Behind the scenes of the EU summit. The leaders ask themselves questions about Prime Minister Morawiecki

– When 27 people sit at the negotiating table, five hours of talks means an average of 10 minutes each, in which case each leader actually spoke, explained European Council President Charles Michel.

Ultimately, the leaders agreed that Israel had a right to “self-defense in accordance with international humanitarian law” and condemned Hamas “for its brutal and indiscriminate terrorist attacks on Israel, including the use of civilians as human shields.” Rapid, safe and unhindered humanitarian access to the Gaza Strip through “interruptions of hostilities” and humanitarian corridors through which the EU can deliver food, medical care and fuel.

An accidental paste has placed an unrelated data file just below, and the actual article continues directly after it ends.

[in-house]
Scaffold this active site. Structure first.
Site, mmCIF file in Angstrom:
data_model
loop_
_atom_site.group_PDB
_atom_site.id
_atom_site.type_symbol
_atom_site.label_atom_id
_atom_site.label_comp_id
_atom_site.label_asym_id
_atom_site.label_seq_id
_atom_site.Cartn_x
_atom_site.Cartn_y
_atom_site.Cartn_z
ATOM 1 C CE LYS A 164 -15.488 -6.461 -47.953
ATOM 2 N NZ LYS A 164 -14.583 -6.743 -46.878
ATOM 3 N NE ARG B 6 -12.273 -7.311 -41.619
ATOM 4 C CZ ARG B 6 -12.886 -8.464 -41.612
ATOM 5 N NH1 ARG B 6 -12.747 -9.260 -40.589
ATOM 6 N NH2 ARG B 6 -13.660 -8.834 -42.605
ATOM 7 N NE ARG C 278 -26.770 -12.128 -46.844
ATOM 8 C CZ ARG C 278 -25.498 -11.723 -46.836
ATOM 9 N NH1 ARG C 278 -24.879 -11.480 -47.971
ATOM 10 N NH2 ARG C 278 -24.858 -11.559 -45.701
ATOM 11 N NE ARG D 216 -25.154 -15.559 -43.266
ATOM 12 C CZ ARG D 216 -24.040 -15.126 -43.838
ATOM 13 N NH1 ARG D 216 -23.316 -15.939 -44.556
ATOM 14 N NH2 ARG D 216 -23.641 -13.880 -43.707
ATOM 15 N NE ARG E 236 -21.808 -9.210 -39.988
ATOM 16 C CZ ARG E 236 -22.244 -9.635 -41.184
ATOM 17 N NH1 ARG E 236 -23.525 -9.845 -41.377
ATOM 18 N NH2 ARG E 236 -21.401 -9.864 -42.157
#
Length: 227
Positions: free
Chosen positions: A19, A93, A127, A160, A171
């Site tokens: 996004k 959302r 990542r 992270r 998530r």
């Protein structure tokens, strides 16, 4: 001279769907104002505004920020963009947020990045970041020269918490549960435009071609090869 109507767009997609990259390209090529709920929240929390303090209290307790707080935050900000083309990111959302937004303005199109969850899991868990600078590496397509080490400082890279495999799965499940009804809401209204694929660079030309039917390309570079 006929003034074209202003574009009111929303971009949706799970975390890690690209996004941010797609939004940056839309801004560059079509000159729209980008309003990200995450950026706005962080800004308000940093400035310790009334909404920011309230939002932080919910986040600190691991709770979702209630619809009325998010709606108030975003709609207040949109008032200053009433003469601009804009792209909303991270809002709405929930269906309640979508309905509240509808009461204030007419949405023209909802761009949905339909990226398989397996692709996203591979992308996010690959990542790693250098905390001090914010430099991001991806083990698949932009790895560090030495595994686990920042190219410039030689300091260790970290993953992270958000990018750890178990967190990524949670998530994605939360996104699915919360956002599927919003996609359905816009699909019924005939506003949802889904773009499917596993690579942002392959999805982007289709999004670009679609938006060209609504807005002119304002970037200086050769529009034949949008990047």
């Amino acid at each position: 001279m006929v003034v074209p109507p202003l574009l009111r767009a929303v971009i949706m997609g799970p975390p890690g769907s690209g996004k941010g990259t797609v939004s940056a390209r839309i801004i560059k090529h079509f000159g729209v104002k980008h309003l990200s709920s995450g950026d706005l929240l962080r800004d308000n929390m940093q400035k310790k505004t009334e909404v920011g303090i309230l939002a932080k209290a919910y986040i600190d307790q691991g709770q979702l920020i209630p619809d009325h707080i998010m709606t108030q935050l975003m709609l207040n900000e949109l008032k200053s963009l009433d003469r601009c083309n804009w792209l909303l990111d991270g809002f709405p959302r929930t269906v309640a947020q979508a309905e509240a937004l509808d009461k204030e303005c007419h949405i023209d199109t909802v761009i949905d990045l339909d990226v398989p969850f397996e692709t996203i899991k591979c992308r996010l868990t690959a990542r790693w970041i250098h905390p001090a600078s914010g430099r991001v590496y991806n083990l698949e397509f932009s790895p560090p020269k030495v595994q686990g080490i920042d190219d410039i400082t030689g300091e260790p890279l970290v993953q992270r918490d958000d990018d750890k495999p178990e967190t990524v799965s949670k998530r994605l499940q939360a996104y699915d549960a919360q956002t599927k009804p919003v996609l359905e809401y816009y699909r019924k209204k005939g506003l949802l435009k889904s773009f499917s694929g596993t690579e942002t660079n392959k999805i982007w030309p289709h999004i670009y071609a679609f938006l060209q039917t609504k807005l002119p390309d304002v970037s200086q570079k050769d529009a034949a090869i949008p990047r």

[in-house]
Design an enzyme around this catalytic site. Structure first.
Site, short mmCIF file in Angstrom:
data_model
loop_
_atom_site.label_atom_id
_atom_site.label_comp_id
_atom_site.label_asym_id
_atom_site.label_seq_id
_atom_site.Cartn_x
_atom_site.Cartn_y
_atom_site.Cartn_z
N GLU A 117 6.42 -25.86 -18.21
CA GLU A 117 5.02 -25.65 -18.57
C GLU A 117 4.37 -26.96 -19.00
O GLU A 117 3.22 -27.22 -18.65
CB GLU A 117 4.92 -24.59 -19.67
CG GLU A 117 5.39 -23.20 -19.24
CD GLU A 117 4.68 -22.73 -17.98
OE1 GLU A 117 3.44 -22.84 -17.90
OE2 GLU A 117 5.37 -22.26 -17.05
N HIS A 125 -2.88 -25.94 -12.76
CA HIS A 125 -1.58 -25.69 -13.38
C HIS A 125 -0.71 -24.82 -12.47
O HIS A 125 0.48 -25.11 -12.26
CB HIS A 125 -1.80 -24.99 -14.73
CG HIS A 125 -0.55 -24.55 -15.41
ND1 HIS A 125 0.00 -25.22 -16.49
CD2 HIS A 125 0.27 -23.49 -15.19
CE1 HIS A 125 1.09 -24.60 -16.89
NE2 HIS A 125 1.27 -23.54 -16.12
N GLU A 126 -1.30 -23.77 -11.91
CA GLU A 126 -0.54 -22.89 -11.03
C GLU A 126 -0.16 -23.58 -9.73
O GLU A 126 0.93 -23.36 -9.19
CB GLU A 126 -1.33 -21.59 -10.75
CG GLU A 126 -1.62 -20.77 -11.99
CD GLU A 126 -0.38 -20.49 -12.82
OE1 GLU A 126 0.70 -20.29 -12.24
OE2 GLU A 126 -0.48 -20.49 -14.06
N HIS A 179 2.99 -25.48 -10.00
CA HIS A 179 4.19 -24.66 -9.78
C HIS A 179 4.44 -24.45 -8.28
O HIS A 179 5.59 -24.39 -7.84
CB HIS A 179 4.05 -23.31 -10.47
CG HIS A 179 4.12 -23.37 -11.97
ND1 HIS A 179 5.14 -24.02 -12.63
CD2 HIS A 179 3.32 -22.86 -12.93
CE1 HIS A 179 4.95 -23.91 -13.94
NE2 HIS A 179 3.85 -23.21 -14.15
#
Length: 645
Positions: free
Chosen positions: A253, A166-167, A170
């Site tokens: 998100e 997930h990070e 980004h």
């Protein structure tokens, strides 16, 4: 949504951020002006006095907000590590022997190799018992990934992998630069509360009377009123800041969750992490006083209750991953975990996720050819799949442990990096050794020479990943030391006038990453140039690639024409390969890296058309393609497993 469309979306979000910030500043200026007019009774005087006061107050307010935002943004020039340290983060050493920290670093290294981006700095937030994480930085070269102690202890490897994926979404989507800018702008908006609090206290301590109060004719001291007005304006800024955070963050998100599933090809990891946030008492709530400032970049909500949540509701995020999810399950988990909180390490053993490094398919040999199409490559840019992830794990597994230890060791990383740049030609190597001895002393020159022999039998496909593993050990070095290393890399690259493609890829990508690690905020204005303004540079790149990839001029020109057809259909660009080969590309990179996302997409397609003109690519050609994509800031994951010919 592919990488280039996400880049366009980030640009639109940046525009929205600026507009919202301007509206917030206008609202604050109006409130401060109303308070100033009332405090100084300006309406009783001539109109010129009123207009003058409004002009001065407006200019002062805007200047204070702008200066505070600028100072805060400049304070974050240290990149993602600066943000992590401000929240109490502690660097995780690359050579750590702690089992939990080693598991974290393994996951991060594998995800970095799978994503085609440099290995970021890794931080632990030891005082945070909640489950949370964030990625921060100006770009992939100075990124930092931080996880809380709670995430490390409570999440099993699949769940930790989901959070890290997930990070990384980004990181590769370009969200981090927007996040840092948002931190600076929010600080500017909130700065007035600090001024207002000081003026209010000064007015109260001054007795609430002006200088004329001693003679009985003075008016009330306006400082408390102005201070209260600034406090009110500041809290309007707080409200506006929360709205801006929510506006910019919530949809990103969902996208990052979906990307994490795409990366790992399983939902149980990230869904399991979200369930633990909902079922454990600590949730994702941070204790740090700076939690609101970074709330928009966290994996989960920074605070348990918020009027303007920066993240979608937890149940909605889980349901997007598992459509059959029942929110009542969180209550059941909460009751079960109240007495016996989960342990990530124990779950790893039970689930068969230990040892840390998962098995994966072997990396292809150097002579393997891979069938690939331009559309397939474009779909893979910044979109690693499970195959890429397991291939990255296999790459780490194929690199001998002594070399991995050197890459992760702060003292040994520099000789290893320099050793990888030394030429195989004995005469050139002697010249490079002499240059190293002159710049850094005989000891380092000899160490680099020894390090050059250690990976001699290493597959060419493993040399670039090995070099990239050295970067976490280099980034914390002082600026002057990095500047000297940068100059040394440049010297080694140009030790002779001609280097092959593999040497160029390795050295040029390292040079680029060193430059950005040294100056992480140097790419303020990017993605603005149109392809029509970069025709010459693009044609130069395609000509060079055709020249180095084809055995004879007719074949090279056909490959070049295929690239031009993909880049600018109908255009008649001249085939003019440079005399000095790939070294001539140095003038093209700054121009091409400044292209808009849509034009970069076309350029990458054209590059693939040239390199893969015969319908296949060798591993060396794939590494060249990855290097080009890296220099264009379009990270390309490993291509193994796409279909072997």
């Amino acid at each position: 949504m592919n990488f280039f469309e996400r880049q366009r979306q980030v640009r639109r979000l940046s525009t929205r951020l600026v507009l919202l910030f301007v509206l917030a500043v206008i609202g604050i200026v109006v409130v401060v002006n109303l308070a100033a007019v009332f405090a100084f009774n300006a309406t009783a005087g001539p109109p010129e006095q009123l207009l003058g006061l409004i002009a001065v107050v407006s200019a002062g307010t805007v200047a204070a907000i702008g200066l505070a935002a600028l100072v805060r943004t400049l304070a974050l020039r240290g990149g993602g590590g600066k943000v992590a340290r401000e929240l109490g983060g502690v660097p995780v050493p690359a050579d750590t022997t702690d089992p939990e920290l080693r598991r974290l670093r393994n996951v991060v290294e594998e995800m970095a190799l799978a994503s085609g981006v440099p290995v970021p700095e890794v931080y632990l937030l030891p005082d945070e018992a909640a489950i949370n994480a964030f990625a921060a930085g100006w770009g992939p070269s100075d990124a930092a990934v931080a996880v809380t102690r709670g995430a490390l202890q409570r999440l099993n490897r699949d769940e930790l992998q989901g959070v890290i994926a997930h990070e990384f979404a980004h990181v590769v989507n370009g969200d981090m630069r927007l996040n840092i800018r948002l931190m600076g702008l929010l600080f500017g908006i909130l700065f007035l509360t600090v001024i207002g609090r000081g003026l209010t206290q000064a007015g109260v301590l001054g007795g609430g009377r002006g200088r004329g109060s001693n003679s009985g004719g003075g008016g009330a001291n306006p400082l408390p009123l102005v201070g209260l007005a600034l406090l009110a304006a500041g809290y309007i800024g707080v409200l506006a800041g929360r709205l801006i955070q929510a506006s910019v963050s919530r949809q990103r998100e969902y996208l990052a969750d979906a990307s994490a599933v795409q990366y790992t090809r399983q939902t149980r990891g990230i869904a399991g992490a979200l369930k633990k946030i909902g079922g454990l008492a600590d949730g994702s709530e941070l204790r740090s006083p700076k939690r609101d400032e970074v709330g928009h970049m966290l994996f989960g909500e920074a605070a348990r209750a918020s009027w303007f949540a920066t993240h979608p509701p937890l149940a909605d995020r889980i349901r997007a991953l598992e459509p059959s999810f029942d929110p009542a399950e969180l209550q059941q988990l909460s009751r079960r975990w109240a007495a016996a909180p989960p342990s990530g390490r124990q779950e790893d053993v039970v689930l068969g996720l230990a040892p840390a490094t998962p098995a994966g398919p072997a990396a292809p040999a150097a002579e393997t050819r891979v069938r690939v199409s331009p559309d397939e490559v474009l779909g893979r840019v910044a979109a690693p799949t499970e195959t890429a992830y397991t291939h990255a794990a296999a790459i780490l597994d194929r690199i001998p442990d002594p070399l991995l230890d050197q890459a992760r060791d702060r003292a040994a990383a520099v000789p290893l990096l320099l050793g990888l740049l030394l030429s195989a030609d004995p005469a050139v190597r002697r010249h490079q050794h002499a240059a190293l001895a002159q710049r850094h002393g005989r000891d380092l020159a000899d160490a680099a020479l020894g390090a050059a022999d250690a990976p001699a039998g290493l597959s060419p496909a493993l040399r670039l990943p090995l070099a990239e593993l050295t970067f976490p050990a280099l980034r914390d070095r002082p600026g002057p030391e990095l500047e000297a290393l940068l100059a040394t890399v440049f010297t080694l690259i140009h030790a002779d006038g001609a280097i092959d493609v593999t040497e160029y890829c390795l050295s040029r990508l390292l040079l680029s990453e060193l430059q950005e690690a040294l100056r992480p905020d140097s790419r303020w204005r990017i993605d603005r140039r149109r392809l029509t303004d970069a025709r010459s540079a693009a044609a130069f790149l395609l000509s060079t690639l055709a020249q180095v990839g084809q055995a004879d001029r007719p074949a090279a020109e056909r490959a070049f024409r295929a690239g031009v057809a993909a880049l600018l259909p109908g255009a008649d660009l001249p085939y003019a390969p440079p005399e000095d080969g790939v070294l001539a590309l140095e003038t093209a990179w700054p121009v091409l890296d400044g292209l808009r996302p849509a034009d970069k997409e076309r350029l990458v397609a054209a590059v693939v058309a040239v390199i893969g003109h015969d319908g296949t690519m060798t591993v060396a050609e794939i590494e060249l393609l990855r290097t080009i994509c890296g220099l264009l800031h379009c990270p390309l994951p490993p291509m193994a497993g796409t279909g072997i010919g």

However, the EU summit did not call for a ceasefire. Perceptions of the Israeli-Palestinian conflict vary greatly among the 27 countries. Israel’s side is clearly supported by, among others: the Germans, the Austrians and the Czechs. The loudest voices for humanitarian aid to the Gaza Strip came from the Irish, the Dutch, the Luxembourgers and the Spanish. Thanks to the latter, an “international peace conference” and a “two-state” solution to the conflict, establishing an independent Palestine on Israel’s borders, were included in the summit’s conclusions.

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